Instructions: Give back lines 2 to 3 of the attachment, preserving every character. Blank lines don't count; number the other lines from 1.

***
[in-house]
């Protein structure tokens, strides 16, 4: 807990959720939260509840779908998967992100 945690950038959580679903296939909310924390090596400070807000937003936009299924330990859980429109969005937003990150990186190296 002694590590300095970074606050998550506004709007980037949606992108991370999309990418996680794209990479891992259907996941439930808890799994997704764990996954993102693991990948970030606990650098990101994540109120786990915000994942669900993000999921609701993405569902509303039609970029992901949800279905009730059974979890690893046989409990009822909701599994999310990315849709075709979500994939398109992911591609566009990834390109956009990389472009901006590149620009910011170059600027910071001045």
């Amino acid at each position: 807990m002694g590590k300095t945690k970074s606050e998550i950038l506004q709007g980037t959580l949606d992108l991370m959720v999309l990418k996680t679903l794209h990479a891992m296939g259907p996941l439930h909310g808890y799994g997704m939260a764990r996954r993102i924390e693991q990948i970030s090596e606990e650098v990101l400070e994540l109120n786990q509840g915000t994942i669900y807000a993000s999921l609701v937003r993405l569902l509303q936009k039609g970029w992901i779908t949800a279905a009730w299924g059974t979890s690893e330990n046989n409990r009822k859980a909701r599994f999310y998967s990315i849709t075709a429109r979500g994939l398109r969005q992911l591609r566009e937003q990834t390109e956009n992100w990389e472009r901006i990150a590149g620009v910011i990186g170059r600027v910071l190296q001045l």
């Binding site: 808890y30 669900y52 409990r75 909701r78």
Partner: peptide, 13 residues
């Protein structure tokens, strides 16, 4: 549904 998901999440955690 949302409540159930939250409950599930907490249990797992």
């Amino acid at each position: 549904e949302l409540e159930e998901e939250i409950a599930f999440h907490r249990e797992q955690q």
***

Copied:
């Protein structure tokens, strides 16, 4: 807990959720939260509840779908998967992100 945690950038959580679903296939909310924390090596400070807000937003936009299924330990859980429109969005937003990150990186190296 002694590590300095970074606050998550506004709007980037949606992108991370999309990418996680794209990479891992259907996941439930808890799994997704764990996954993102693991990948970030606990650098990101994540109120786990915000994942669900993000999921609701993405569902509303039609970029992901949800279905009730059974979890690893046989409990009822909701599994999310990315849709075709979500994939398109992911591609566009990834390109956009990389472009901006590149620009910011170059600027910071001045």
């Amino acid at each position: 807990m002694g590590k300095t945690k970074s606050e998550i950038l506004q709007g980037t959580l949606d992108l991370m959720v999309l990418k996680t679903l794209h990479a891992m296939g259907p996941l439930h909310g808890y799994g997704m939260a764990r996954r993102i924390e693991q990948i970030s090596e606990e650098v990101l400070e994540l109120n786990q509840g915000t994942i669900y807000a993000s999921l609701v937003r993405l569902l509303q936009k039609g970029w992901i779908t949800a279905a009730w299924g059974t979890s690893e330990n046989n409990r009822k859980a909701r599994f999310y998967s990315i849709t075709a429109r979500g994939l398109r969005q992911l591609r566009e937003q990834t390109e956009n992100w990389e472009r901006i990150a590149g620009v910011i990186g170059r600027v910071l190296q001045l």